Brain stroke is being hailed as a major epidemic of the 21st century. In India alone, approximately 1.8 million Indians out of a population of 1.3 billion are diagnosed with symptoms of brain stroke every year (source: Huffington Post).
What Is Brain Stroke and How Does It Occur?
The brain is one of the largest organs in the human body and controls the functioning of the entire body. Needless to say, it requires adequate flow of blood to all its tissues and cells for proper functioning, at all times. Abnormalities in this blood flow can cause a stroke and are generally of these types:
- Ischemic stroke: This is the most common variety, contributing to 80 percent of all stroke cases. In this type, the arteries carrying blood to the brain get narrowed due to plaque buildup or blocked due to a blood clot, leading to reduced blood flow to the brain.
- Hemorrhagic stroke: In this type, one of the arteries in the brain bursts and the blood spills into the brain tissue. Regions of the brain beyond the burst are denied of blood supply, triggering a stroke.
- Transient ischemic stroke: Also called a mini-stroke, this is a variation of the ischemic stroke which lasts for a brief period of time. As a result, the damage to the brain tissue is less and can be reversed quickly.
There are various risk factors for brain stroke, which can be classified as lifestyle, medical and other factors. Lifestyle factors include being overweight, physically inactive and abuse of drugs or alcohol. Medical factors include hypertension, diabetes, sleep apnea, cardiovascular diseases and a family history of stroke. Other factors include age, race, gender and hormones. People above 55 years of age are more susceptible to stroke, and again, men are more prone than women. African-Americans are more at risk than other races, while hormone therapies and birth-control pills can also trigger strokes.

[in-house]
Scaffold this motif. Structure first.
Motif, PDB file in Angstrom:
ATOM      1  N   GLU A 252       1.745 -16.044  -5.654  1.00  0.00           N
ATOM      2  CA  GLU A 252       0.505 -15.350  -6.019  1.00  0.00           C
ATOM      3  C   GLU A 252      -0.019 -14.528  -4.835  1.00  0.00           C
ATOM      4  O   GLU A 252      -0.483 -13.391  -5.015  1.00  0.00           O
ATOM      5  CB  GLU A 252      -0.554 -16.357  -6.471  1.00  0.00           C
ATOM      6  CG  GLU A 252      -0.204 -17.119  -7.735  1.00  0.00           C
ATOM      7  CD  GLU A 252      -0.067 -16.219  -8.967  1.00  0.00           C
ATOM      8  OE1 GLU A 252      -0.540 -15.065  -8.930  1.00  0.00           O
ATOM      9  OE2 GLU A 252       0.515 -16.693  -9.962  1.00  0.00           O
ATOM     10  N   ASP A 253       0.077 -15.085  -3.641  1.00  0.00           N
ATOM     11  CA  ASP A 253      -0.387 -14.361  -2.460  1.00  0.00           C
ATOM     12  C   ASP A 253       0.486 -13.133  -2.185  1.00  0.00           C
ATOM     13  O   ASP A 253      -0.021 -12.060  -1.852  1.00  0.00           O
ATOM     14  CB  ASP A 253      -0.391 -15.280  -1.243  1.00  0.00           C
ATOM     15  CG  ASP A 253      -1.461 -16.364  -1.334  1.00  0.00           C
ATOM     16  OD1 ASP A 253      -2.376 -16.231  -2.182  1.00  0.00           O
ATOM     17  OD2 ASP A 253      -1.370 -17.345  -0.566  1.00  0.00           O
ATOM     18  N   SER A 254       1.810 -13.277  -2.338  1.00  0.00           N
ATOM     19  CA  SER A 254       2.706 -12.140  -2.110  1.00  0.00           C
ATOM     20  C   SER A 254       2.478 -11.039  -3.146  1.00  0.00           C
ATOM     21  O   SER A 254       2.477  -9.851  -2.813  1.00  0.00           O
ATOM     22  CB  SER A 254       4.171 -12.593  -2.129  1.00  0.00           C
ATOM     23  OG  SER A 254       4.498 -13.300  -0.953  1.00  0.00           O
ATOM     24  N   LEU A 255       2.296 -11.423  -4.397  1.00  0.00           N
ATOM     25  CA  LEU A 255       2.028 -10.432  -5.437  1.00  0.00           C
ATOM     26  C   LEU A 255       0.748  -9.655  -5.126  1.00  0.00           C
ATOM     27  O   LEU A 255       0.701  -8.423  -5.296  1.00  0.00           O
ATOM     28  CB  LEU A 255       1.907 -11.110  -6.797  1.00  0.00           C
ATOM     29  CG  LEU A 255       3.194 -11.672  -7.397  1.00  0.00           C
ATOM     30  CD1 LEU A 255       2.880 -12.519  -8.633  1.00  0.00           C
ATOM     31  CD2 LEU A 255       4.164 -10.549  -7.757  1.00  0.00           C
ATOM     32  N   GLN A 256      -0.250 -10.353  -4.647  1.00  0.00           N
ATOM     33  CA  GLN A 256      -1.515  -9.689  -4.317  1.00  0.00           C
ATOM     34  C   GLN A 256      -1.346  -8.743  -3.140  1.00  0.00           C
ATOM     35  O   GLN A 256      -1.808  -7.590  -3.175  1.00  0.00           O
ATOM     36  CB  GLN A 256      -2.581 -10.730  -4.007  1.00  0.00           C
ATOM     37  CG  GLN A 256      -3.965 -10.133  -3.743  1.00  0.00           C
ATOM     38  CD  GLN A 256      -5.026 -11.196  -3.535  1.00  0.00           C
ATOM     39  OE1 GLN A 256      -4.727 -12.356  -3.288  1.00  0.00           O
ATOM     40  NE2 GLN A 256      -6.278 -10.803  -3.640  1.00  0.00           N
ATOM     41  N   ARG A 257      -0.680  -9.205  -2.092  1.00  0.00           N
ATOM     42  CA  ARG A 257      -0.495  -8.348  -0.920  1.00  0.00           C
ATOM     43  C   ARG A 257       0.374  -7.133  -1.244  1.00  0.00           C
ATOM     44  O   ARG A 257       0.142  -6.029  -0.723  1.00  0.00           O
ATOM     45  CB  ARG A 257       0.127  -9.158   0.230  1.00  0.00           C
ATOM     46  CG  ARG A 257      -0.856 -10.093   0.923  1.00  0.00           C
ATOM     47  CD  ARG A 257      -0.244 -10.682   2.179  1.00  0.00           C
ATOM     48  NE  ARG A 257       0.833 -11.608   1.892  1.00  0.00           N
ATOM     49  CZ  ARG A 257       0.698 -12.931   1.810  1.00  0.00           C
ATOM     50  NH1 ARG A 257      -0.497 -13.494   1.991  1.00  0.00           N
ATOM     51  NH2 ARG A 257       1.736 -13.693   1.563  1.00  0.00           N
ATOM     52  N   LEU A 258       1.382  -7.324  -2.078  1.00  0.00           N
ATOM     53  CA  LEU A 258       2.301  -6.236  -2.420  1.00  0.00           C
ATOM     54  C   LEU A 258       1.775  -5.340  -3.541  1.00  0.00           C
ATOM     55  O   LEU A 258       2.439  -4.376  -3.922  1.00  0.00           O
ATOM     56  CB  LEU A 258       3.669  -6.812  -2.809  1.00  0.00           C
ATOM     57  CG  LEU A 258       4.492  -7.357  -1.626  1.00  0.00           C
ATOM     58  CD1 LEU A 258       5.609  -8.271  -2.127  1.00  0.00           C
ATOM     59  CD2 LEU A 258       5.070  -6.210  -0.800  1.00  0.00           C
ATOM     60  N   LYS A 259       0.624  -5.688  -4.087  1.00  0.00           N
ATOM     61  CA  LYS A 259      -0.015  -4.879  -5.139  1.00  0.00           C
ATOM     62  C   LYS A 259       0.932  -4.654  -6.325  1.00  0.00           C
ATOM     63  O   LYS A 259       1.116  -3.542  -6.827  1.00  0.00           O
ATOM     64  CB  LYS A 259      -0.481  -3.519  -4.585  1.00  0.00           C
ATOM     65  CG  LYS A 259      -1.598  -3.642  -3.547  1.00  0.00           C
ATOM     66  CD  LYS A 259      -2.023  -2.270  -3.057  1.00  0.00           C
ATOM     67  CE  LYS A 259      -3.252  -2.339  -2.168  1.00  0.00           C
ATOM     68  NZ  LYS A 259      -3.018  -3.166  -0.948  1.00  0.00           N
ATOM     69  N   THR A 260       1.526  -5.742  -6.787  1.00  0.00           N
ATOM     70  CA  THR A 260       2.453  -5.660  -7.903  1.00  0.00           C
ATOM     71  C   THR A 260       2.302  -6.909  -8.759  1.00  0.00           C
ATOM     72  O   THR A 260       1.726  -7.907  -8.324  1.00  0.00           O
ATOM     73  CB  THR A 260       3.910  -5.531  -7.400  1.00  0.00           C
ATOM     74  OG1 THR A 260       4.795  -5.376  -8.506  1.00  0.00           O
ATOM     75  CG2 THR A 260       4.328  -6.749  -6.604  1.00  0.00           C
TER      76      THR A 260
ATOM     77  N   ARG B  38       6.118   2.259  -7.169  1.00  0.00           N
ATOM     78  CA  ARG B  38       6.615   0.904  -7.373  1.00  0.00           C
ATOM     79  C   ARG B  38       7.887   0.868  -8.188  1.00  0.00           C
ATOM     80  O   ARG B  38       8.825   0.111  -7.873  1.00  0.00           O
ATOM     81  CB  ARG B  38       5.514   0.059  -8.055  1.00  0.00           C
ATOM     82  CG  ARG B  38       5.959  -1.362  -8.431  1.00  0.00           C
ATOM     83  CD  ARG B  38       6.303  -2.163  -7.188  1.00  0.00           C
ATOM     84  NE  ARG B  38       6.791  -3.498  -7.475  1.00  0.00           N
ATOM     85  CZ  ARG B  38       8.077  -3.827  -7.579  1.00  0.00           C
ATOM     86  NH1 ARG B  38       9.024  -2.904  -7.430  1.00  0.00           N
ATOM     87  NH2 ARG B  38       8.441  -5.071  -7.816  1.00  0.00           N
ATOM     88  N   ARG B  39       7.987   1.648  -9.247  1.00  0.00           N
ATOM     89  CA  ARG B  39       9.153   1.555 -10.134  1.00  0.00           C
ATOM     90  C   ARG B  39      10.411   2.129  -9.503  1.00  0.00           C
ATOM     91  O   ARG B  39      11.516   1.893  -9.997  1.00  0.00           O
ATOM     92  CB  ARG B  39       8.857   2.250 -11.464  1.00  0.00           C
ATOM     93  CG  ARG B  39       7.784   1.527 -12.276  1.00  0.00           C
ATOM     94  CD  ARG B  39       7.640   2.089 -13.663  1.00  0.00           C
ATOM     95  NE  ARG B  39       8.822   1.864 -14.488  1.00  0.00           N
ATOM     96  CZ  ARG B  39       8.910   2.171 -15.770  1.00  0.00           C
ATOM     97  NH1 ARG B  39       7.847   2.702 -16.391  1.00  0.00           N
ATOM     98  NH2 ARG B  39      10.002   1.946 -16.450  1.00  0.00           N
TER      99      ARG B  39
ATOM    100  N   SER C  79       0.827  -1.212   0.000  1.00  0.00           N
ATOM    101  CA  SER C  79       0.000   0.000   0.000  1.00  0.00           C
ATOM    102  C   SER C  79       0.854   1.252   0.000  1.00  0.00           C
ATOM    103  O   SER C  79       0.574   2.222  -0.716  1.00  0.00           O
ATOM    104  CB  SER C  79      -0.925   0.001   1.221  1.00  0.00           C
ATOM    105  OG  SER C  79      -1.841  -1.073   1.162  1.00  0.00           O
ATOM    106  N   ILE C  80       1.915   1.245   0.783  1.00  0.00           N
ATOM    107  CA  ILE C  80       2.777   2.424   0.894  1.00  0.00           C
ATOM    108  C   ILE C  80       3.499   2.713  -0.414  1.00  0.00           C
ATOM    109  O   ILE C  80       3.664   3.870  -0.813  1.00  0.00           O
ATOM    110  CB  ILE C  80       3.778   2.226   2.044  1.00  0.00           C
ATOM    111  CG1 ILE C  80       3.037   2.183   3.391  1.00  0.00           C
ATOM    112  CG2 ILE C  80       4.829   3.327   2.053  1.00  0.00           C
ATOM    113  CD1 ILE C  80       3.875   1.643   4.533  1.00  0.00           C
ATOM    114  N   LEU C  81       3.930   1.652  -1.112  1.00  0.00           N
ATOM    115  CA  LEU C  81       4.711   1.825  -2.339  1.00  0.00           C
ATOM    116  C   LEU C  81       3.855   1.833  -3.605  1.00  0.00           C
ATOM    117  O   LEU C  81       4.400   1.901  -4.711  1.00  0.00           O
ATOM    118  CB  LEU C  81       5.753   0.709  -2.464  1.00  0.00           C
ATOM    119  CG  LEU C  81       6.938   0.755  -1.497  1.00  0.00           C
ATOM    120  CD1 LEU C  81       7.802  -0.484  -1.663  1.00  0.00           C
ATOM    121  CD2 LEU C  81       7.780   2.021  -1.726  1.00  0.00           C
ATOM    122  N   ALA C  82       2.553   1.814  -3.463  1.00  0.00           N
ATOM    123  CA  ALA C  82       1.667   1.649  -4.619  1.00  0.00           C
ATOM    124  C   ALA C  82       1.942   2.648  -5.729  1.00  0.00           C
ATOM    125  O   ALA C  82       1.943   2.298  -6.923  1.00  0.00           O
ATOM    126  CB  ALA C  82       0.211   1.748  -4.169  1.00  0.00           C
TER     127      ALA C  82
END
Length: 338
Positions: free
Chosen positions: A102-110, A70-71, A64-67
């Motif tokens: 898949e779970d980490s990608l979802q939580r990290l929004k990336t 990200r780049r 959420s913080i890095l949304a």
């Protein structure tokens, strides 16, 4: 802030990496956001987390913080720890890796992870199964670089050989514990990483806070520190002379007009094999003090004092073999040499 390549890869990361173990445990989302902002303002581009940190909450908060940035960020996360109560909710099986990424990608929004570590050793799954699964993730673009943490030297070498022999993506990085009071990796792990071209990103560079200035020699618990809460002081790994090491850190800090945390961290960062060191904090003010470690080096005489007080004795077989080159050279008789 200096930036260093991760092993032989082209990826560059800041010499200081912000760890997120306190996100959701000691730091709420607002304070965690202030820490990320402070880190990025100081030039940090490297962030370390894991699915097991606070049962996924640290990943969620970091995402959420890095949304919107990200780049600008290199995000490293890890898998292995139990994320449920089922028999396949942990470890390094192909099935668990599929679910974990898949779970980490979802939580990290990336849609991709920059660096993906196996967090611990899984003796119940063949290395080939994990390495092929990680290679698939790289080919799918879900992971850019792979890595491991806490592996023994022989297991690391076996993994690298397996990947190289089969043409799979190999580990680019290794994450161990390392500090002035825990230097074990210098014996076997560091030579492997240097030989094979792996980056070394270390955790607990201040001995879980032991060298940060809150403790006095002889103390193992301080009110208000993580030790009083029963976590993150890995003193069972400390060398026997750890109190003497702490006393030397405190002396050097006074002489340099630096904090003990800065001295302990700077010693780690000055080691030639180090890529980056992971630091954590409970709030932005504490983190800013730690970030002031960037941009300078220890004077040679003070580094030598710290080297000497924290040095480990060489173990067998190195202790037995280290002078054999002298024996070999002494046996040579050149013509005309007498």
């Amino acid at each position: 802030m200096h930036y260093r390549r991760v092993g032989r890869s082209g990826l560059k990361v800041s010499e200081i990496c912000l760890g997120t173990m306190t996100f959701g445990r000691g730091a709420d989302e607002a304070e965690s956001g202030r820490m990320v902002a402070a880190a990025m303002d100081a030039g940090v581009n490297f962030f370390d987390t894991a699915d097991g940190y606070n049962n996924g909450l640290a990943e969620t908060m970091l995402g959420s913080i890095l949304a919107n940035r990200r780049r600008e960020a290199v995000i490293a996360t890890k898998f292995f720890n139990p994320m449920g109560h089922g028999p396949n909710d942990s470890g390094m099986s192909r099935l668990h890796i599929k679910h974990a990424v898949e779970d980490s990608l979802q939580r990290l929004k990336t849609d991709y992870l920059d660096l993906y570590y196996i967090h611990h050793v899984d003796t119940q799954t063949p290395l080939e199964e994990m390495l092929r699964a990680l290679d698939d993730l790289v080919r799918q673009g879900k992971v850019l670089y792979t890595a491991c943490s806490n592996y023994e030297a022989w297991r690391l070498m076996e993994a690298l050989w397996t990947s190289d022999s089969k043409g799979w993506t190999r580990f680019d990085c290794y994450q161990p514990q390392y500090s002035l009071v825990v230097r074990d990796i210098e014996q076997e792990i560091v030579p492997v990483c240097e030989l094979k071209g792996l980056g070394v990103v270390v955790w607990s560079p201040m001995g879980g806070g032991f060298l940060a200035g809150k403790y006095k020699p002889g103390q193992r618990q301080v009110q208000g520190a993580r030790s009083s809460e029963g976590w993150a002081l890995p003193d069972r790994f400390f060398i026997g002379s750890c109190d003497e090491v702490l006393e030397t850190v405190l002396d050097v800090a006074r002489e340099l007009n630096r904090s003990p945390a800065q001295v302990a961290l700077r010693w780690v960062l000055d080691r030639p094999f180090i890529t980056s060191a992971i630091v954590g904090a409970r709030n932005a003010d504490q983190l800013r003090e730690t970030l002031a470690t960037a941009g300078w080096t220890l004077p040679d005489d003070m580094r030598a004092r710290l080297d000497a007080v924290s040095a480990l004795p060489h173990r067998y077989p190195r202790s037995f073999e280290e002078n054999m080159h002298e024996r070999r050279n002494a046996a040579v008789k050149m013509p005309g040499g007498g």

Surgical Options for the Treatment of Brain Stroke
There are various surgical options available for treating patients who have suffered a stroke or are at a high-risk of one:
- Hemicraniectomy: A stroke can trigger swelling of the brain and can cause pressure to build-up in this area. In this procedure, a portion of the skull is removed to allow the brain to swell and then sutured back.
- Mechanical embolectomy: This is a minimally invasive procedure wherein the blood-clot in the artery is removed using a stent that has been inserted through a catheter.
- Aneurysm clipping: An aneurysm is a bulging of the arteries that can burst and trigger a hemorrhagic stroke. In this procedure, a metal clip is used to isolate the bulge from normal blood flow and prevent it from bursting.
- Aneurysm coiling: Here, a metal coil is inserted into the aneurysm which eventually causes a blood clot to form there which prevents the aneurysm from bursting.
- Carotid surgery: This is used to prevent an ischemic stroke. Here, the surgeon makes an incision in the neck and directly accesses the carotid artery to remove the excess plaque there.
Choosing the Best Option for You
Patients who have suffered a stroke in the recent past or people whose health checkup identifies them as being at a risk of stroke, must undergo a thorough examination. This involves taking several CT scan images of the brain which will be diagnosed and shared with the patient. Then based on the severity of the stroke or stroke risk and the contributing factor, one of the above surgical options will be decided on. Consulting a qualified doctor will help in better management and prevention of a stroke attack.